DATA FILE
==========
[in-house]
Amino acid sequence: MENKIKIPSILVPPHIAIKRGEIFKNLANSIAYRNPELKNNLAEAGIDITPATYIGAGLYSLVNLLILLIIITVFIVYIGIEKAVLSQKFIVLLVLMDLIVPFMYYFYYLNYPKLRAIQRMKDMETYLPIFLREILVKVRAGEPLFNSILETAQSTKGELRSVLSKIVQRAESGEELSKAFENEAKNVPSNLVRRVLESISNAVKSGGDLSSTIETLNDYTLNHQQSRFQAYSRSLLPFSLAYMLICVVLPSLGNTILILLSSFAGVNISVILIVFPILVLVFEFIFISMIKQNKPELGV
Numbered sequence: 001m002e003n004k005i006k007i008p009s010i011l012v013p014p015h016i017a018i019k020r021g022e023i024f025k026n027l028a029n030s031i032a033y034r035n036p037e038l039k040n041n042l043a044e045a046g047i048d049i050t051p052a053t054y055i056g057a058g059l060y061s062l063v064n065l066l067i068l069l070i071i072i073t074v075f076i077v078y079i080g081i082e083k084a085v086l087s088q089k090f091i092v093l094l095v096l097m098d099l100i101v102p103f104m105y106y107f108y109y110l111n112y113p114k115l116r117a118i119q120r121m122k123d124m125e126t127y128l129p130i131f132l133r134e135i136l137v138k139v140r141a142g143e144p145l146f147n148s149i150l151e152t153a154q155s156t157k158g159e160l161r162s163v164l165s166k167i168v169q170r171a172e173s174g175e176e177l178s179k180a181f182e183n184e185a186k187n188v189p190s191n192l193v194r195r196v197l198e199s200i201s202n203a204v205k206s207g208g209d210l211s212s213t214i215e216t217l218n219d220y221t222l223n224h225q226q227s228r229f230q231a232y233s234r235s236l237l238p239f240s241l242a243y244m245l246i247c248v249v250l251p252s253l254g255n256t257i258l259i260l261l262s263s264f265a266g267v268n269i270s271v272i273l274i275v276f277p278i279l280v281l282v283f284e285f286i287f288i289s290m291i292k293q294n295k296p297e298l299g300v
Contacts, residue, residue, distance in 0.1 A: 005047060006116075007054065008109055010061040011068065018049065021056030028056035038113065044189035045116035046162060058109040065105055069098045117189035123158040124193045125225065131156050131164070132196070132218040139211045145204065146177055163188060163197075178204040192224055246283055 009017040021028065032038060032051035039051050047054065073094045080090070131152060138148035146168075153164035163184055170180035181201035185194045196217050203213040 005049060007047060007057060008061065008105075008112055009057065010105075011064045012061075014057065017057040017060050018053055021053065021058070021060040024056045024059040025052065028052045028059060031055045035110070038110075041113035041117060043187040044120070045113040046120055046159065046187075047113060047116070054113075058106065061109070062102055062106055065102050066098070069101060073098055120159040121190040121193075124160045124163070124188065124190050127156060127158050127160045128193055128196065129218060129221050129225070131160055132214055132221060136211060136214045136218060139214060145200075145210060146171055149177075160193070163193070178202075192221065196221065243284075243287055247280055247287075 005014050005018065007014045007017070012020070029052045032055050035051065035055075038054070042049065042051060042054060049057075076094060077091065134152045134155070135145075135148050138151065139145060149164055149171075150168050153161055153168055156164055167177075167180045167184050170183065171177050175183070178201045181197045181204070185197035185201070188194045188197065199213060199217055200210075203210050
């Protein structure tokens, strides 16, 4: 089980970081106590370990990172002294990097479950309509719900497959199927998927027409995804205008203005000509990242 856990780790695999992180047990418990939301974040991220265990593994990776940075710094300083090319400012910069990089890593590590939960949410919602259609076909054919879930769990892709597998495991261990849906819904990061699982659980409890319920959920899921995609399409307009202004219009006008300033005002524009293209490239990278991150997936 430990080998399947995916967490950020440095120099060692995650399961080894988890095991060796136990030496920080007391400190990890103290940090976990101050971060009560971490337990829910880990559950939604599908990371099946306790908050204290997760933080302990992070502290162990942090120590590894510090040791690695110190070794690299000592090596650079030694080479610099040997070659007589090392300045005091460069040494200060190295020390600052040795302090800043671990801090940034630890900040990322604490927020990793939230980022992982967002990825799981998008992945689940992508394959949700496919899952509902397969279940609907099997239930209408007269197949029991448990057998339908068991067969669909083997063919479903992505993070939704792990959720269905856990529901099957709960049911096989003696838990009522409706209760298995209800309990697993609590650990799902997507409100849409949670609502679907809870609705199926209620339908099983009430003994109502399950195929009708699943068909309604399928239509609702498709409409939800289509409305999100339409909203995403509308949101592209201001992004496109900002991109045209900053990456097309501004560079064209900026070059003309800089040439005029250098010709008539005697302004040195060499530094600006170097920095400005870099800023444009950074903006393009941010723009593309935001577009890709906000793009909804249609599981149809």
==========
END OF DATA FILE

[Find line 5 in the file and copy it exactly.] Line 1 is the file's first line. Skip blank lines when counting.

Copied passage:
């Protein structure tokens, strides 16, 4: 089980970081106590370990990172002294990097479950309509719900497959199927998927027409995804205008203005000509990242 856990780790695999992180047990418990939301974040991220265990593994990776940075710094300083090319400012910069990089890593590590939960949410919602259609076909054919879930769990892709597998495991261990849906819904990061699982659980409890319920959920899921995609399409307009202004219009006008300033005002524009293209490239990278991150997936 430990080998399947995916967490950020440095120099060692995650399961080894988890095991060796136990030496920080007391400190990890103290940090976990101050971060009560971490337990829910880990559950939604599908990371099946306790908050204290997760933080302990992070502290162990942090120590590894510090040791690695110190070794690299000592090596650079030694080479610099040997070659007589090392300045005091460069040494200060190295020390600052040795302090800043671990801090940034630890900040990322604490927020990793939230980022992982967002990825799981998008992945689940992508394959949700496919899952509902397969279940609907099997239930209408007269197949029991448990057998339908068991067969669909083997063919479903992505993070939704792990959720269905856990529901099957709960049911096989003696838990009522409706209760298995209800309990697993609590650990799902997507409100849409949670609502679907809870609705199926209620339908099983009430003994109502399950195929009708699943068909309604399928239509609702498709409409939800289509409305999100339409909203995403509308949101592209201001992004496109900002991109045209900053990456097309501004560079064209900026070059003309800089040439005029250098010709008539005697302004040195060499530094600006170097920095400005870099800023444009950074903006393009941010723009593309935001577009890709906000793009909804249609599981149809």